Paul graduated from art school in 2001. He is originally from London, but now lives and works in the wild and inspiring Lake District, Cumbria.
Found in private and public collections worldwide, Paul’s main aim is to create work that is most definitely painted; an antidote to mass produced visuals consumed everyday. This is accomplished by using rich textures, multiple layers and brush/palette knife marks. Paul wants his paintings to tease out more than the eye can see, to draw people in and invite them to experience – not just consume – an image.
Paul Bennett specialises in contemporary seascape and landscapes paintings, abstract paintings and also contemporary portraiture paintings. The three styles are very different but all strive to generate a sense of intimacy and isolation while leaving the subject open to interpretation.
The seascape and landscape paintings created are inspired by memory and experience and are developed using artistic intuition. They are not tied into any specific region or time, they are an eclectic synthesis of place, weather and season.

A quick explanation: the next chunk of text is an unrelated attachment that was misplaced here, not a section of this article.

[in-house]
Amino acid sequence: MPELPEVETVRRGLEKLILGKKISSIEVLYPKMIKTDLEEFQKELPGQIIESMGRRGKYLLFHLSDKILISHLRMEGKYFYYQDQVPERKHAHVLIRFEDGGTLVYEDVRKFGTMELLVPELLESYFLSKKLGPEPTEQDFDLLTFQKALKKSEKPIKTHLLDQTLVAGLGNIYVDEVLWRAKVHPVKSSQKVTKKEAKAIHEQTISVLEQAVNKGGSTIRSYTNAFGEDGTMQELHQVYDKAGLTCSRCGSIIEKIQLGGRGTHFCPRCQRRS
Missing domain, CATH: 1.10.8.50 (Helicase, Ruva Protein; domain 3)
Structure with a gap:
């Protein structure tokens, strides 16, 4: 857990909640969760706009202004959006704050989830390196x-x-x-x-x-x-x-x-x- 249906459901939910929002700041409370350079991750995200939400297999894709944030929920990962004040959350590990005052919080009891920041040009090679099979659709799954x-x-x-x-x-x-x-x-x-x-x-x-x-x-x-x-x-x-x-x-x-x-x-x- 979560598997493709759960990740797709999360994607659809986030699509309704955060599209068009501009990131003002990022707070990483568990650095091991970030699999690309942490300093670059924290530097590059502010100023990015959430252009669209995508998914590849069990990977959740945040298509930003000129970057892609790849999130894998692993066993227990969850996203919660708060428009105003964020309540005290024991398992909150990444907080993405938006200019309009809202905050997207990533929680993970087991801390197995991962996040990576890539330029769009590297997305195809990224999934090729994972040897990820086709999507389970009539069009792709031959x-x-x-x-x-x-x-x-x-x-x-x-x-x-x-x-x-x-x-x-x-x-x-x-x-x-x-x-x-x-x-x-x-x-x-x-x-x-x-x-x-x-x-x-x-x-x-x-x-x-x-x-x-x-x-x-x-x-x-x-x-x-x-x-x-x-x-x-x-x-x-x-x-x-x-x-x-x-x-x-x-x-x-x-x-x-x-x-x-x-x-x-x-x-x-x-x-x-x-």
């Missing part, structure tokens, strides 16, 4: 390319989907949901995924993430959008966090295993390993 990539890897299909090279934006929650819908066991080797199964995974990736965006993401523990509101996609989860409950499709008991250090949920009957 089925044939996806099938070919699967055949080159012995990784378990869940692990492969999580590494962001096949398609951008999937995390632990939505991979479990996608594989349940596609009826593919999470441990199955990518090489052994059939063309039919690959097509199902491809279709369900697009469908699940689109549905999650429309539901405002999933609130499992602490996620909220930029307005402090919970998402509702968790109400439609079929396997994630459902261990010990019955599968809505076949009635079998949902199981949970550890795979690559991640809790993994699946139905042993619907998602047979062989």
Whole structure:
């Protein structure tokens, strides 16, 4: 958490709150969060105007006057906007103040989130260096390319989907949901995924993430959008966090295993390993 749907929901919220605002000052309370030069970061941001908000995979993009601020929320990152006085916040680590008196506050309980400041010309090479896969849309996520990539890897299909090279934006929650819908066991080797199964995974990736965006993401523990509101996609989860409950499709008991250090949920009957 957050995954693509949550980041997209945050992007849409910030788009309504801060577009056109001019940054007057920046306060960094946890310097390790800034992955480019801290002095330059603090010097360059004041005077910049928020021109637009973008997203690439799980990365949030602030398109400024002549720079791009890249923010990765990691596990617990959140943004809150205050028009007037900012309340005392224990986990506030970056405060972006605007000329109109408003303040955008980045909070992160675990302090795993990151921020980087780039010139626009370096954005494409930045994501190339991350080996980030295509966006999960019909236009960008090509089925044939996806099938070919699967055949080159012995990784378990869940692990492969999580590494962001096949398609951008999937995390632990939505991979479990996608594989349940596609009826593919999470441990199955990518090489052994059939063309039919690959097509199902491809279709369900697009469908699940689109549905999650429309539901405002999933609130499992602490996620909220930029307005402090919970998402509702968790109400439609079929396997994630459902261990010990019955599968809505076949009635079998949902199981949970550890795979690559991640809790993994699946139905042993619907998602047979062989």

Paul chooses to capture and communicate the experience this way as it reflects life with its unceasing process of observing, experiencing, interpreting, storing – and ultimately – reflecting. The result he strives for is a unique and original visual experience that has captured not only the sense of somewhere/sometime, but also the more subtle notion of recollection.
Occasionally Paul refers to photography as a starting point and as a way to engage with the surface and begin the initial mark making process. After this point it is all an abstract interpretation of the memories he has and places he has experienced. This is all brought together with constant experimentation. The paintings are continuously evolving with the process directly influencing the next work.
Oil paint is the medium that plays a big part in capturing the essence of a faded memory and lends itself nicely to the way he paints. It works well when applied thickly yet can create great depth when worked into the surface sparingly, leaving previous layers partially exposed. The paint is applied in this way to give the artwork itself a narrative and history, where the process of its creation can be glimpsed at in places – not dissimilar to the way in which the memory deals with the hazy recollection of a place once visited.